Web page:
Investors make decisions relying on the relative profit potential of investment alternatives. The wrong choices may be made if systematic and quantitative methods are not used. In a given investment situation, it is necessary to consider several economic and technical parameters with respect to costs, profits, savings, the choice of time, tax and loyalty, project life, etc. If a reliable approach is not used to quantify the effects of these factors, it is very difficult to correctly assess each alternative and make the best choice.
The economic viewpoint assumes that capital accumulation is the primary investment objective of capitalistic individuals, companies and societies. From the late 1980s to the late 1990s, it is estimated that more capital investment dollars were spent in the US than were spent cumulatively in the past 200 years in the US. And the numbers in the 2010s were even larger. The importance of proper economic evaluation techniques in determining the most economically-effective way to spend this money seems evident for individuals, companies, and societies. This course presents the development and application of these economic evaluation techniques.
Investment decisions are analyzed over the lifetime of a project which can be decades long, and there are many input data that are related to time such as escalation and inflation of costs and revenues. Therefore, predictions, forecasting, estimations, and assumptions are required for these data which is involved with risk and uncertainty. Consequently, results of the analysis are highly dependent on accuracy and correctness of the proposed inputs. However, the techniques provided in this text can give the decision maker much better ideas about the relative risks and uncertainties between alternatives. This information, along with the numerical economic evaluation results, can help the investors to make a better choice than without using them.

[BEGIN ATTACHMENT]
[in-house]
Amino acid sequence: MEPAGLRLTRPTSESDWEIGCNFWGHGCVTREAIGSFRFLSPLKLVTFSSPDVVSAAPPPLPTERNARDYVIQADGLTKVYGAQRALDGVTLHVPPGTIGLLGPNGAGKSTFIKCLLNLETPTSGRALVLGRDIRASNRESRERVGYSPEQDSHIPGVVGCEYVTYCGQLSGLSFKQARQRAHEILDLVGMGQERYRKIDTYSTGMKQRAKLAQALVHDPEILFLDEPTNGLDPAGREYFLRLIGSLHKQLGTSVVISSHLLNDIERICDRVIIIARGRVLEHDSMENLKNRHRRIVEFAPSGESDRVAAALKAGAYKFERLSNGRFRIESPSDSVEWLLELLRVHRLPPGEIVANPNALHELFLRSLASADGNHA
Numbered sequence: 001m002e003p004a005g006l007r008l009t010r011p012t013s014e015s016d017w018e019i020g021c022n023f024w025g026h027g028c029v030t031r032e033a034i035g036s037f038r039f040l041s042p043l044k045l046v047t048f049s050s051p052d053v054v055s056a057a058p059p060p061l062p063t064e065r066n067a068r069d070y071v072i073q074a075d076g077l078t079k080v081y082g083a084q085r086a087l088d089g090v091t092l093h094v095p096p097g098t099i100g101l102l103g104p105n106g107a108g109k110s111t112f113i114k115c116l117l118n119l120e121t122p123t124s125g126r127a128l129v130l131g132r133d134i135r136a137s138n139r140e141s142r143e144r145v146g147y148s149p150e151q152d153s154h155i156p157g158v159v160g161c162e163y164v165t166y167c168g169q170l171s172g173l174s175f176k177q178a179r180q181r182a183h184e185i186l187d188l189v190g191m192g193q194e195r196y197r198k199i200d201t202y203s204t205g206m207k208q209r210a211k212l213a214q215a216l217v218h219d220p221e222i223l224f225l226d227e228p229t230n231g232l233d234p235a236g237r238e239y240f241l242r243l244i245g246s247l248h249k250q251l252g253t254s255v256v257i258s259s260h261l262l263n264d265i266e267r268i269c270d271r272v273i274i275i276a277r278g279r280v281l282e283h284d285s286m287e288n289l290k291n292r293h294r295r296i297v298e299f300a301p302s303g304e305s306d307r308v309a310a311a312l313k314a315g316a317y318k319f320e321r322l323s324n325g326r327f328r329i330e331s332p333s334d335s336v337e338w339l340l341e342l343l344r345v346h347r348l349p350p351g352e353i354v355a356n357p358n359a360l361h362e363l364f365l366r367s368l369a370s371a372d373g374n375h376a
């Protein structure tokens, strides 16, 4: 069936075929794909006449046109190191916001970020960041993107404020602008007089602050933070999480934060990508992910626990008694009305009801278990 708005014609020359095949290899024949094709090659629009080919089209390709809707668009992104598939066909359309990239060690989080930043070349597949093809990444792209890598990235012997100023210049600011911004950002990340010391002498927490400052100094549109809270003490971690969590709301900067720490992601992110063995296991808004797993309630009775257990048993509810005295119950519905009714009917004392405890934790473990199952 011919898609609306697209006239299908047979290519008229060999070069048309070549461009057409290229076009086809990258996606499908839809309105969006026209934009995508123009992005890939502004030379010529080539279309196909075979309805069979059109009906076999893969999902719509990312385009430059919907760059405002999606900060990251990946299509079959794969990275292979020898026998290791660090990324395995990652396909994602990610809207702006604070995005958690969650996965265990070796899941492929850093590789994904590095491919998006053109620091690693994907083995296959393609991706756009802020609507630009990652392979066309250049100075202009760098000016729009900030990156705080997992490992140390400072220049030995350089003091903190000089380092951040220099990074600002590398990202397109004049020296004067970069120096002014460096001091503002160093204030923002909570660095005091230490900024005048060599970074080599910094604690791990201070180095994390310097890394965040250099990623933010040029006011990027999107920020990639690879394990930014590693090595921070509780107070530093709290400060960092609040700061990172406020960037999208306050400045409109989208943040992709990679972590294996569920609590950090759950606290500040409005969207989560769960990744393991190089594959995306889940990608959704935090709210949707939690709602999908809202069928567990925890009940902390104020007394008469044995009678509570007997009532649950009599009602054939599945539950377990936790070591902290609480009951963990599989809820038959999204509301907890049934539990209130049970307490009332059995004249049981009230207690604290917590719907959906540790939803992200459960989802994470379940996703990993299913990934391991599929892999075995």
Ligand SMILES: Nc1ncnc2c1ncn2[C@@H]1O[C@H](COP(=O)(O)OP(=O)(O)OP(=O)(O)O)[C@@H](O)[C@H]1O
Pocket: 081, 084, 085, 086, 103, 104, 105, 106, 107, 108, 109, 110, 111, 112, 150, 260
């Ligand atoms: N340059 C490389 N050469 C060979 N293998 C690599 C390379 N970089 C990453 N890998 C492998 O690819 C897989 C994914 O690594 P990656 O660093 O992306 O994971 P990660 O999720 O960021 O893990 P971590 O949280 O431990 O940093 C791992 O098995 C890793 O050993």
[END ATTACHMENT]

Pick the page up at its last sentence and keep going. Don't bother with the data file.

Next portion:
In the majority of cases, making business decisions means dealing with alternative choice problems, which includes selecting the best alternative from several possible choices. The economic evaluation techniques in this course are based on the premise that profit maximization is the investment objective; that is, the alternation that maximizes the future worth of available investment dollars. In general, this involves answering the question, “Is it better to invest cash in a given investment situation, or will the cash earn more if it is invested in an alternative situation?”
Several applicable and useful techniques for evaluating various investment situations will be covered in this course and include future, present, annual value, and break-even analysis. But, the course focuses mainly on methods such as compound interest rate of return (ROR) analysis, as the primary decision-making criterion used by the majority of firms and organizations, and net present value (NPV) analysis, as the second-most used technique, properly applied on an after-tax basis.
Taxes are a cost relevant to most evaluation situations and economic analysis must be done after-tax. This course will cover the scenarios that it is proper to neglect taxes such as government project evaluations where taxes do not apply. Also, the cases with taxes incorporated will also be discussed and analyzed.
There are two main categories of projects or investments that economic evaluation decision-making can be applied to:
- revenue producing investments
- service producing investments
A possible third classification, “saving producing projects” will be illustrated later in the course.